I had definite ideas for where I wanted these characters to go and what I wanted this interaction to become. It was interesting to hear the theories of my class, which I kept in mind as I rewrote the piece from Serena’s point of view trying to be clearer about where I wanted to the story to go:

“The exact moment that the fall of mankind’s dominance occurred remains a mystery to the modern world. The inconceivable phenomenon evolved slowly so that the change became almost natural and nigh undetectable as it slithered its way into existence. One fact and one fact alone remains clear: change has happened. Denial is still prevalent among the vast majority of the fallen race, but I, brilliant mastermind that I am, have artfully recorded my observations and submitted to the inevitable, knowing full well that our days of power have come to an end.

 

My theory and definitive conclusion was born out of experience and experience’s name is Jennis.

 

For years I determined to study The Change as an observant outsider. My goal was to remain detached but I soon learned that it was an impossible task for as a human there is and was little I could do to resist The Change I studied. Jennis arrived to assume control of my daily living and pursue the growing domination of—“

 

“Veruna, what are you babbling about?” I interrupted my friend with the loving care that anyone might have in the situation. Veruna had been talking to herself for a while. That much I could tell. Or maybe she was talking to someone else. I couldn’t be sure. Everything with Veruna is a little unclear to me.

She looked up, but said nothing to me. The blank stare was a bit disconcerting so I tried her name again. Sometimes that worked. “Veruna?”

 

“Hmm?” the hum was deep and it went straight to my soul with its undertone reverberations of someone who wasn’t quite sure where she was or why she was doing something. Her bright sea green eyes were vitric, common signs when the mind had become as cryptic as hieroglyphics in the maze of pyramids in the Valley of the Kings.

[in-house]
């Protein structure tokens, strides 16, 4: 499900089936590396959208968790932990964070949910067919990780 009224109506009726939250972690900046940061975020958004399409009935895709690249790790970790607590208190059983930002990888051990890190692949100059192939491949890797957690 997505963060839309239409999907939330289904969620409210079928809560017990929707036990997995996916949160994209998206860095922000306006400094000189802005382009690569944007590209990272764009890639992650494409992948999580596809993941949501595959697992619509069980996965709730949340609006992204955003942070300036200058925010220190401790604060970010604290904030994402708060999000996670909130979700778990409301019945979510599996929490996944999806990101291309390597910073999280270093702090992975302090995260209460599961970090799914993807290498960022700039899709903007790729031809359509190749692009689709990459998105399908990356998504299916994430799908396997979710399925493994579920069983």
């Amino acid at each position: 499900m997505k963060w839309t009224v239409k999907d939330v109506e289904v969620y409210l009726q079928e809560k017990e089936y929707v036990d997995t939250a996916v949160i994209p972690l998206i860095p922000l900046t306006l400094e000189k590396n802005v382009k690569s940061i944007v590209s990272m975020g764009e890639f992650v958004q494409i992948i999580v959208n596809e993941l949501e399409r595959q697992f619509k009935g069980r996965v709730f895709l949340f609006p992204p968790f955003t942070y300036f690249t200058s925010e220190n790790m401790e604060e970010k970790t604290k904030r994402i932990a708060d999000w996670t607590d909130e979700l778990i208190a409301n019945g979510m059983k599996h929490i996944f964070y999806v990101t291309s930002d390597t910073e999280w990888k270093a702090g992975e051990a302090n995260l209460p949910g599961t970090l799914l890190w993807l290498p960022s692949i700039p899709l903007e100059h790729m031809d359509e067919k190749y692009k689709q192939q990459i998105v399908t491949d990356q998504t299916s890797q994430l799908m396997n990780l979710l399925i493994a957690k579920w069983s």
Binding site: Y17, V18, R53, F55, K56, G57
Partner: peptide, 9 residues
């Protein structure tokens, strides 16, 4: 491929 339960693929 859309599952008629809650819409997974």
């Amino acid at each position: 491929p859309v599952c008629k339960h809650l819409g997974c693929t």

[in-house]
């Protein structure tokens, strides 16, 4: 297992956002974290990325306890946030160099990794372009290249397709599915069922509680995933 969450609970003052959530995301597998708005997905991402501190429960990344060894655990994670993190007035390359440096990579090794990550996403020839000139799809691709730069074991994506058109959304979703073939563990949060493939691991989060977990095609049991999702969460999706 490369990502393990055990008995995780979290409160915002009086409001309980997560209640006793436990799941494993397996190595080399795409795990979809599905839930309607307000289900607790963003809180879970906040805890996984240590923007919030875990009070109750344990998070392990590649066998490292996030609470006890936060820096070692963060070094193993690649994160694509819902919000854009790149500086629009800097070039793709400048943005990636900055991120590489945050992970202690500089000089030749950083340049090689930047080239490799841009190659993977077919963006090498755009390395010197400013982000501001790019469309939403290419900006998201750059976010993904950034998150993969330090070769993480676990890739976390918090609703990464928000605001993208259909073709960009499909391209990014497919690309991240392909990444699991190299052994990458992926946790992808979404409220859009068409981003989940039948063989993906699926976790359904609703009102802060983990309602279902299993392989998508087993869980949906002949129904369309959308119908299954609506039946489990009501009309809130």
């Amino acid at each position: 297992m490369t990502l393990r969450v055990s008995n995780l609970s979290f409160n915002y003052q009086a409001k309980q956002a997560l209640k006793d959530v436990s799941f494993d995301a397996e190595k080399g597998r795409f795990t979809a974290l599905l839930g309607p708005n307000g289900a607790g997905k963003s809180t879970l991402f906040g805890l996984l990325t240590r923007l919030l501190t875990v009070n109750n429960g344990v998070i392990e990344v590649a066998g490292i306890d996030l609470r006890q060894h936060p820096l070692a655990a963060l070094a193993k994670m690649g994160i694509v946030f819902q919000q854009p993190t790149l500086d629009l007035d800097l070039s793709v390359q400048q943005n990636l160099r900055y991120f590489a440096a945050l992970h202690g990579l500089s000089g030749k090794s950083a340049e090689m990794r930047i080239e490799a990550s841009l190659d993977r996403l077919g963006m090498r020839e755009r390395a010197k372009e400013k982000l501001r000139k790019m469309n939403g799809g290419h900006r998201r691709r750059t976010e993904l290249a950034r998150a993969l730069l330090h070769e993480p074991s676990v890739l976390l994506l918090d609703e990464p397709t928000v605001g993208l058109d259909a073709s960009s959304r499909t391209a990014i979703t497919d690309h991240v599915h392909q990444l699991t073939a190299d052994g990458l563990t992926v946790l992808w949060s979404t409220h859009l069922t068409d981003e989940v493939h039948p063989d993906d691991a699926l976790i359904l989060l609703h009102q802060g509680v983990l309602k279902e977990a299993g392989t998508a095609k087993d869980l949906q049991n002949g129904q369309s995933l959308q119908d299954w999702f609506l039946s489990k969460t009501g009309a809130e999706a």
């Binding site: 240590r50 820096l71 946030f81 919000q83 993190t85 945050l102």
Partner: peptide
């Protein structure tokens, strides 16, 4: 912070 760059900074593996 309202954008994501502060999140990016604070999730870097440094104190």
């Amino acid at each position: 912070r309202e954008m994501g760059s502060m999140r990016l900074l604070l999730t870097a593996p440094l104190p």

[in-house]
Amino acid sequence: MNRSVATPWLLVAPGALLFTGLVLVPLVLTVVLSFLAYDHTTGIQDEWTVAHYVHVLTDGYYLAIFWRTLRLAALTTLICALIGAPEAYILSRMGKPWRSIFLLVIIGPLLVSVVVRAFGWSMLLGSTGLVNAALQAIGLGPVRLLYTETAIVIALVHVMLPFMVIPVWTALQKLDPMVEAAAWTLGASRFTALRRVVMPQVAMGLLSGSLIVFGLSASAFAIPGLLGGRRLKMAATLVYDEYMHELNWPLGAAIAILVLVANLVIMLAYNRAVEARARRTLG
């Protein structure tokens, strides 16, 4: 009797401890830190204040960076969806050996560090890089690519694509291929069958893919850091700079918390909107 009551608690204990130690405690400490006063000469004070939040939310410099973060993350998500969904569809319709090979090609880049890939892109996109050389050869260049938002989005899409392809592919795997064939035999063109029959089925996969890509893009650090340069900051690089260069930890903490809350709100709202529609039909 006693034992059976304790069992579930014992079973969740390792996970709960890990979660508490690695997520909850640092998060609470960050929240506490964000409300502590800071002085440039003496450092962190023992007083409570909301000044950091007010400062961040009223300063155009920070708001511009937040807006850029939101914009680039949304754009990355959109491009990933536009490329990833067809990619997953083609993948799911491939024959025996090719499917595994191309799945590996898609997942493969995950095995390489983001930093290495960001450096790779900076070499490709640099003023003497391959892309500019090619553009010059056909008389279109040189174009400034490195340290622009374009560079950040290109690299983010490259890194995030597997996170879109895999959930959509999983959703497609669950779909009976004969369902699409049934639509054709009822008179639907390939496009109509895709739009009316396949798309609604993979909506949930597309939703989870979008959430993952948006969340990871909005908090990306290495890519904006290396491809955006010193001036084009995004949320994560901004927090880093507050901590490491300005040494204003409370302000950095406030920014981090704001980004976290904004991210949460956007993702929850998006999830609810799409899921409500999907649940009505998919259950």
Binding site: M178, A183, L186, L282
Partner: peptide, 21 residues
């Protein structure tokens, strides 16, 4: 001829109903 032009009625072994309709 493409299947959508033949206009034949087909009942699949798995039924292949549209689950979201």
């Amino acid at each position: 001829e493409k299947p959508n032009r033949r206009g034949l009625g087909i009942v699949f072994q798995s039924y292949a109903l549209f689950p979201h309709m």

“What are you doing in here?” I asked again. Redundancy dismantles walls.

 

“Practicing my speech,” she murmured. The wall was still intact, but she was responding.

 

“What speech, Veruna?”

 

I stepped over and around the clutter of books, old term papers, clothes from previous days’ outfits and mismatched shoes. It looked like what I imagined her mind resembled.

 

“My speech. For the convention next week. I’m revealing my findings about Jennis finally. I think it is time.”

 

I tried to think of something to say. Something that didn’t make it sound like I thought she was crazy, but I was coming up blank.

I realized that my characterization was much clearer the second go round as I shifted perspectives. The first selection was too cryptic. I thought that would be good, to keep the mystery alive, but my perception was colored by my own sense of where the story was headed and I was blinded by foreknowledge. By shifting the point of view, I made it clearer to my readers what was going on in the scene. Now, do I think this is the best scene I’ve written. No, not really. I think it’s still a little unclear and wordy. I invite your comments and criticism.

Who is Serena to you? Who is Veruna? What do these interactions tell you? And most importantly, do you agree with the idea that shifting perspective can be a useful tool to writing and life?